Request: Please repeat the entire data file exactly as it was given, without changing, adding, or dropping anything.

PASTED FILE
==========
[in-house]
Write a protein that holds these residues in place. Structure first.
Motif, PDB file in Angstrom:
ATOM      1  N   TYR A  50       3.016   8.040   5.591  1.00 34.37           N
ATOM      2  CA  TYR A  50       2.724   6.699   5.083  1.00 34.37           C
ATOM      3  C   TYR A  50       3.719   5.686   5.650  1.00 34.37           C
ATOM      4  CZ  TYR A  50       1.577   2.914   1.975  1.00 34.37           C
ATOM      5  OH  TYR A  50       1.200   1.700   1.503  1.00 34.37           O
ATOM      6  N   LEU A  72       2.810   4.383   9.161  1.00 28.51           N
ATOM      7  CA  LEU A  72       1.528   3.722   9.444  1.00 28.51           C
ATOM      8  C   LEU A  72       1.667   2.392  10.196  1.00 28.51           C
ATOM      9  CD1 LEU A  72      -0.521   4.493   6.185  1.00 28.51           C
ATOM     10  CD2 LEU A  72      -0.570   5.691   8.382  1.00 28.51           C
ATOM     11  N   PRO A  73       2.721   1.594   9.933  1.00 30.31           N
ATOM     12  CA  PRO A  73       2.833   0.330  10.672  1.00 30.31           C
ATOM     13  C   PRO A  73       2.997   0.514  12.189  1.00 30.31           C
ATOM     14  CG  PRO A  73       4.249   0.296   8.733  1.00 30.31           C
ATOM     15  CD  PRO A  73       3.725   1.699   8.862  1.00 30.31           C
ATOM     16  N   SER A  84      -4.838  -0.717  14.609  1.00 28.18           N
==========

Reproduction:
[in-house]
Write a protein that holds these residues in place. Structure first.
Motif, PDB file in Angstrom:
ATOM      1  N   TYR A  50       3.016   8.040   5.591  1.00 34.37           N
ATOM      2  CA  TYR A  50       2.724   6.699   5.083  1.00 34.37           C
ATOM      3  C   TYR A  50       3.719   5.686   5.650  1.00 34.37           C
ATOM      4  CZ  TYR A  50       1.577   2.914   1.975  1.00 34.37           C
ATOM      5  OH  TYR A  50       1.200   1.700   1.503  1.00 34.37           O
ATOM      6  N   LEU A  72       2.810   4.383   9.161  1.00 28.51           N
ATOM      7  CA  LEU A  72       1.528   3.722   9.444  1.00 28.51           C
ATOM      8  C   LEU A  72       1.667   2.392  10.196  1.00 28.51           C
ATOM      9  CD1 LEU A  72      -0.521   4.493   6.185  1.00 28.51           C
ATOM     10  CD2 LEU A  72      -0.570   5.691   8.382  1.00 28.51           C
ATOM     11  N   PRO A  73       2.721   1.594   9.933  1.00 30.31           N
ATOM     12  CA  PRO A  73       2.833   0.330  10.672  1.00 30.31           C
ATOM     13  C   PRO A  73       2.997   0.514  12.189  1.00 30.31           C
ATOM     14  CG  PRO A  73       4.249   0.296   8.733  1.00 30.31           C
ATOM     15  CD  PRO A  73       3.725   1.699   8.862  1.00 30.31           C
ATOM     16  N   SER A  84      -4.838  -0.717  14.609  1.00 28.18           N